The General Services Administration has been entering into contracts to sell surplus minerals and chemicals to selected companies at less than half the going market prices, resulting in potential losses to taxpayers of more than $100 million, GSA auditors have found.

The auditors, in a draft report completed last month, said GSA planned to sell 80 million pounds of stockpiled lithium hydroxide, a chemical compound used in lubricants, at rates as low as a third of going market prices, to two companies.

Competitive bids were not obtained from other companies, said the auditors, and the loss to the taxpayers would amount to $45 million.

Last year, GSA auditors reported that GSA, which also provides office space and supplies to government workers, had signed contracts to sell bauxite, titanium sponge and metallurgical manganese ore at $105 million when the minerals and chemical compounds were worth $235 million.

The auditors said GSA largely ignored last year's report. Ron Royal, the GSA official in charge of the sales, said he is delaying signing the lithium hydroxide contracts until the auditor's objections have been studied.

Royal said that, using a GSA formula for determining costs, it may be cheaper to sell the lithium hydroxide at prices below market value now, rather than selling smaller quantities at market prices over a period of as many as 80 years. That way, he said, the government would have use of the money immediately, reducing charges on its borrowing.

The auditors reported that GSA, in arriving at that formula, failed to consider that the chemicals and minerals have recently increased in value each year. The auditors also said that the sales formula adopted by GSA was based on projections supplied by the two companies purchasing the lithium hydroxide.

The chemicals and minerals are considered surplus either because various government agencies have no more need for them and turn them over to GSA for disposal, or because GSA has decided they are no longer needed as part of the government's stockpile of strategic commodities to be used in time of war.

The findings on surplus sales represent the latest disclosure of difficulties at GSA, which spends about $4 billion a year to buy everything from office buildings to paper clips for government use.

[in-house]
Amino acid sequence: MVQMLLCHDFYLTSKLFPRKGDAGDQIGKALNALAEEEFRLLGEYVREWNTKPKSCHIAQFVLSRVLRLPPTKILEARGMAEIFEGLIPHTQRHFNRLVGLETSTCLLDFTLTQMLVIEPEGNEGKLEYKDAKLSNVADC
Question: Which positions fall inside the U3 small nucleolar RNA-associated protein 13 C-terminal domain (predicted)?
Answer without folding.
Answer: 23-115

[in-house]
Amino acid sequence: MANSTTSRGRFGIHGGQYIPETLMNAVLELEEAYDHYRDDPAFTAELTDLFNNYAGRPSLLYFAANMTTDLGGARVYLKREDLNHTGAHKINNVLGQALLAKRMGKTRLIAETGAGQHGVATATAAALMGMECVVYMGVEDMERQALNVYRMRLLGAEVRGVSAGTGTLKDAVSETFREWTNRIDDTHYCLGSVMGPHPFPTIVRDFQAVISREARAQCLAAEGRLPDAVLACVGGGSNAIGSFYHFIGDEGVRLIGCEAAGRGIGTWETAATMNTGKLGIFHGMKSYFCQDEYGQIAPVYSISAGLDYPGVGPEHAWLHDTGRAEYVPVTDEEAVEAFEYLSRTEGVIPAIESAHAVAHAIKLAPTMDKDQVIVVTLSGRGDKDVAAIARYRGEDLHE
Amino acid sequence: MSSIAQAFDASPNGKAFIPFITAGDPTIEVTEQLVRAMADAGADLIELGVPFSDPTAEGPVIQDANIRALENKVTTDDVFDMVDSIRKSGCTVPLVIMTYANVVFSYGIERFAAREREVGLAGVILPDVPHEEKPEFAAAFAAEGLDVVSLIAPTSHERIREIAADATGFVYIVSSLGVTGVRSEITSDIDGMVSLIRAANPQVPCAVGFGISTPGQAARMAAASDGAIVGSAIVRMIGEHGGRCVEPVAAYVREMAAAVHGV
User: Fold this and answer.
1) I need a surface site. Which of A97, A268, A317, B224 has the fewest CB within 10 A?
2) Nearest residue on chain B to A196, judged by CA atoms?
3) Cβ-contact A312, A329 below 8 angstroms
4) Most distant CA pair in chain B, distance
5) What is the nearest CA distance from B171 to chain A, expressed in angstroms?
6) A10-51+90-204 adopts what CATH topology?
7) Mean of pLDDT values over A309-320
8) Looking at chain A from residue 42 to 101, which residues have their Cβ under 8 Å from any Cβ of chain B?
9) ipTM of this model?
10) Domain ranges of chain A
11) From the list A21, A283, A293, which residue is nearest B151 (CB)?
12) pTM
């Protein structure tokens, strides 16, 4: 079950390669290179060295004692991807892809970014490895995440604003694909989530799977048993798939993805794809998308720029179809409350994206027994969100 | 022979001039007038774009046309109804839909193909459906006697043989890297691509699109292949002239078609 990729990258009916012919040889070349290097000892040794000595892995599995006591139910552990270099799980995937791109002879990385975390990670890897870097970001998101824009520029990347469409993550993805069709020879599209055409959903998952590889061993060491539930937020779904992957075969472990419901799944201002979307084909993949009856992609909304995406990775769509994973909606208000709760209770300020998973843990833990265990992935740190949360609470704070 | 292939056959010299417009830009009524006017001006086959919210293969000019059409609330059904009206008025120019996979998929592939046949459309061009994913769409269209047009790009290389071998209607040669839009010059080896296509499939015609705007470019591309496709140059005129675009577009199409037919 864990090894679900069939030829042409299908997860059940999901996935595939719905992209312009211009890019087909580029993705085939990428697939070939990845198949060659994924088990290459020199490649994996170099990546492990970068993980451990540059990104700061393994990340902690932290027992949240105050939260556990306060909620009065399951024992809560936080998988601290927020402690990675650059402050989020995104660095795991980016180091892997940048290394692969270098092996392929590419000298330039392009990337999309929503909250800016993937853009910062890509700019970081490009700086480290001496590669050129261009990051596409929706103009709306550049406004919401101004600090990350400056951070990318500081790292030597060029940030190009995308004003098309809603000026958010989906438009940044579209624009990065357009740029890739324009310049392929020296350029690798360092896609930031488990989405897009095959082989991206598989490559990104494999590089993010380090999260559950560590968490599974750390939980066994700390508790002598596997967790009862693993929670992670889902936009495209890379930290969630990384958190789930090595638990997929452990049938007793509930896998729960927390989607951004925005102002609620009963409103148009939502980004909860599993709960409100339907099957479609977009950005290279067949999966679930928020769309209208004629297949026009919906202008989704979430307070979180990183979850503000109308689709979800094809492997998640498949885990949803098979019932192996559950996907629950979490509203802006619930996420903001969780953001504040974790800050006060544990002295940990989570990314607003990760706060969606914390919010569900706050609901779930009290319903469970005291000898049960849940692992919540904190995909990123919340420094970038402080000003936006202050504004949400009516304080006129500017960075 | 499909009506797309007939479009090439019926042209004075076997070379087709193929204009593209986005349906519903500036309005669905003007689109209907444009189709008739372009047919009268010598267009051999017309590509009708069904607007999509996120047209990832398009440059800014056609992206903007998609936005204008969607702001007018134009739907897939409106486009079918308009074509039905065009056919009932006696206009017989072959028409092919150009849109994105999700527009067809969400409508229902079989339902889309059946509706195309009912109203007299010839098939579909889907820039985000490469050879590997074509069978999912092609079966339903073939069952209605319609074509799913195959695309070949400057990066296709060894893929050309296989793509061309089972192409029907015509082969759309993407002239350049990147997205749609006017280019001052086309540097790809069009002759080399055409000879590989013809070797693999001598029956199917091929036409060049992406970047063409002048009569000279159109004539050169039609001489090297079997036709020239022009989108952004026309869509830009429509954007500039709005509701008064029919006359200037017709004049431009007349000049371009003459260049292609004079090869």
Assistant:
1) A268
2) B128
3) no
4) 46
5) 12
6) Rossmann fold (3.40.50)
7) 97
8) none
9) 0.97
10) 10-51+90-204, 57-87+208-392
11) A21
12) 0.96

Prosecutors in Washington and Baltimore have been finding that some GSA employes have been claiming that companies did maintenance work in federal buildings or provided office supplies to GSA when they did not. In return, sources familiar with the investigations say, GSA employes have received cash and other gifts from the companies involved.

Quoting a draft of a GSA audit report, a recent Washington Post story said that when GSA found last year that its budget for the fiscal year had not been spent, it instructed employes who maintain buildings to go on a "crash" program of spending money. The result, the auditors said, was that workers were paid at overtime rates to clean buildings, contracts that were awarded did not exactly specify what was to be done or at what price, and the agency violated the law by spending above congressional budget limitations.

GSA practices will be probed in two days of hearings beginning today by the Senate Governmental Affairs' federal spending subcommittee, headed by Sen. Lawton Chiles (D-Fla.)

GSA programs for buying stockpile commodities and disposing of surplus materials, currently under GSA's Federal Preparedness Agency, were the subject of a 1962 Senate investigation that charged the program, during the Elsenhower administration, was riddled with political favoritism, unreasonable profits and conflicts of interest. For instance, testimony and reports from the General Accounting Office revealed that chrome had been purchased at more than double the world market prices and that GSA sometimes sold materials that the government needed or bought and sold the same commodity at the same time.

Although the government began to acquire some stockpiles of strategic materials in the 1920s, the current program formally began in 1946 after World War II shortages of rubber and other essential commodities convinced Congress that the nation needed a store of materials that were not readily available in this country.

Over the years, the assumptions governing the types of materials and amounts that should be stockpiled have been changed by various administrations. In 1973, for example, President Nixon decided that only enough should be on land material to last during a one-year war.